It isn’t just German exporters that are fretting, and lobbying with all their might. Russia, with an economy that is already stagnating, and dogged by vicious bouts of capital flight, has$732 billion in foreign debt. Relatively little of it is sovereign debt, but nearly $700 billion is owed by banks and corporations – most of them owned or controlled by the Kremlin. Oil major Rosneft and gas mastodon Gazprom owe $90 billion combined to foreign entities; the four state banks Sberbank, VTB, VEB, and Rosselkhozbank owe $60 billion. Some of this debt matures this year and next year.

US banks are marginally involved. Between Bank of America, Citigroup, JPMorgan, and Wells Fargo, they have only $24 billion on the line. But European banks and insurance companies are up to their dirty ears in this suddenly iffy and potentially toxic Russian debt.

When it comes due, it will have to be rolled over, and some of the companies will need to borrow more, simply to stay afloat. Alas, the current sanction regime of visa bans for the elite, asset freezes, and trade restrictions could make that difficult. Then there’s the threat, now more broadly but still unofficially bandied about, that Russian companies should simply default on this $700 billion in debt in retaliation for the sanctions.

Some European banks, including some German banks, might crater. Even the possibility of a major loss would further rattle the confidence in these banks with their over-leveraged and inscrutable balance sheets and their assets that are still exuding whiffs of putrefaction. And this sort of fiasco, as the financial crisis has made clear, has an unpleasant way of snowballing – and taking down the already shaky global economy with it.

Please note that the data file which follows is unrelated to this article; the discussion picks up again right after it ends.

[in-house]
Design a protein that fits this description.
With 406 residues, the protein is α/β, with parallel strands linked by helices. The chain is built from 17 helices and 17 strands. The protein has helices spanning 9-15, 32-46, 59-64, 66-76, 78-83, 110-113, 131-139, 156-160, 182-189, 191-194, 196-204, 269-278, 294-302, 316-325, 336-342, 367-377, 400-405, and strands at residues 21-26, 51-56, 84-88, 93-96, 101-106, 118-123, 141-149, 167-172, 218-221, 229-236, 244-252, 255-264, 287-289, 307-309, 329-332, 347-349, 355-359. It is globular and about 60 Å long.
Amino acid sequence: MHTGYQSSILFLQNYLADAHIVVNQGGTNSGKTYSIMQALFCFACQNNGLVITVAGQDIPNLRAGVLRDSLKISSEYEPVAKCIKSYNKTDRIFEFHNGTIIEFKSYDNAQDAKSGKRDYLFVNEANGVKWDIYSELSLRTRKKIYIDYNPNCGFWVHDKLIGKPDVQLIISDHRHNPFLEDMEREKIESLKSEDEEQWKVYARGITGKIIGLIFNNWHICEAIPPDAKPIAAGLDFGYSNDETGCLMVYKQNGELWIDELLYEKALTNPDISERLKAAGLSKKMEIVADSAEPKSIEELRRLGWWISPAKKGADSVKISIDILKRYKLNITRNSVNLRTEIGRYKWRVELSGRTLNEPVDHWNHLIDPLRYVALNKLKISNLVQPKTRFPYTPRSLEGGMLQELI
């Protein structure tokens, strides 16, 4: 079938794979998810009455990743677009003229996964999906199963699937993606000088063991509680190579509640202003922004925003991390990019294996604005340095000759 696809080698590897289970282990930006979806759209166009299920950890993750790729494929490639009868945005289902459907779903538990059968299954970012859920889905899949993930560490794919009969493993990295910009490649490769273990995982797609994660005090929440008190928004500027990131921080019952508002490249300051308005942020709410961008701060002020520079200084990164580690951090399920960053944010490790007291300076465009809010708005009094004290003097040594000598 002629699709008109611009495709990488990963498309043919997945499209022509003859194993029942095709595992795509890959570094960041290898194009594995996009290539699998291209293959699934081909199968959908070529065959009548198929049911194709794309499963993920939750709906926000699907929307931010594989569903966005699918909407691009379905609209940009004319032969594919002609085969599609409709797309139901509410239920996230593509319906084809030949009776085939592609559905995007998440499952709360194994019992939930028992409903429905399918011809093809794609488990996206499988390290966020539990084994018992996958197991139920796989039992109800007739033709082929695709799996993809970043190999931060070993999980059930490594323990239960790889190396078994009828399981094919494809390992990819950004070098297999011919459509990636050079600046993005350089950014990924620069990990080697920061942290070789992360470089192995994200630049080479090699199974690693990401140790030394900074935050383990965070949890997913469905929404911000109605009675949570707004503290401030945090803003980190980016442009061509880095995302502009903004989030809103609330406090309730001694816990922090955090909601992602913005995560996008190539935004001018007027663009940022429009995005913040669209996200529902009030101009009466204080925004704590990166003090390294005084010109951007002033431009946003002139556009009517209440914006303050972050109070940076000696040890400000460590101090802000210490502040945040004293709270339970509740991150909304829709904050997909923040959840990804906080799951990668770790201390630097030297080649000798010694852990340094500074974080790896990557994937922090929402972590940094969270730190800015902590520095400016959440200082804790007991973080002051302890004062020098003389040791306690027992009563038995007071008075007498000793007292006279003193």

During the financial crisis, German exports collapsed, banks toppled and got bailed out, and the economy experienced its two worst quarters in the history of the Federal Republic. No politician in Germany has any appetite to re-experience that. And the banking industry, with its powerful and long tentacles winding their way through the hallways and doors of the German government, has been assiduously at work, quietly and behind the scenes, to whittle any sanctions down to irrelevance.

Washington’s defaulting on an agreement with Russia about Ukraine’s future, and the prospect of NATO troops in Ukraine, convinced Putin and much of the Russian elite that there’s no point in negotiating with the US. Big risks lie ahead.

See the original article >>

Latest data confirm China slowdown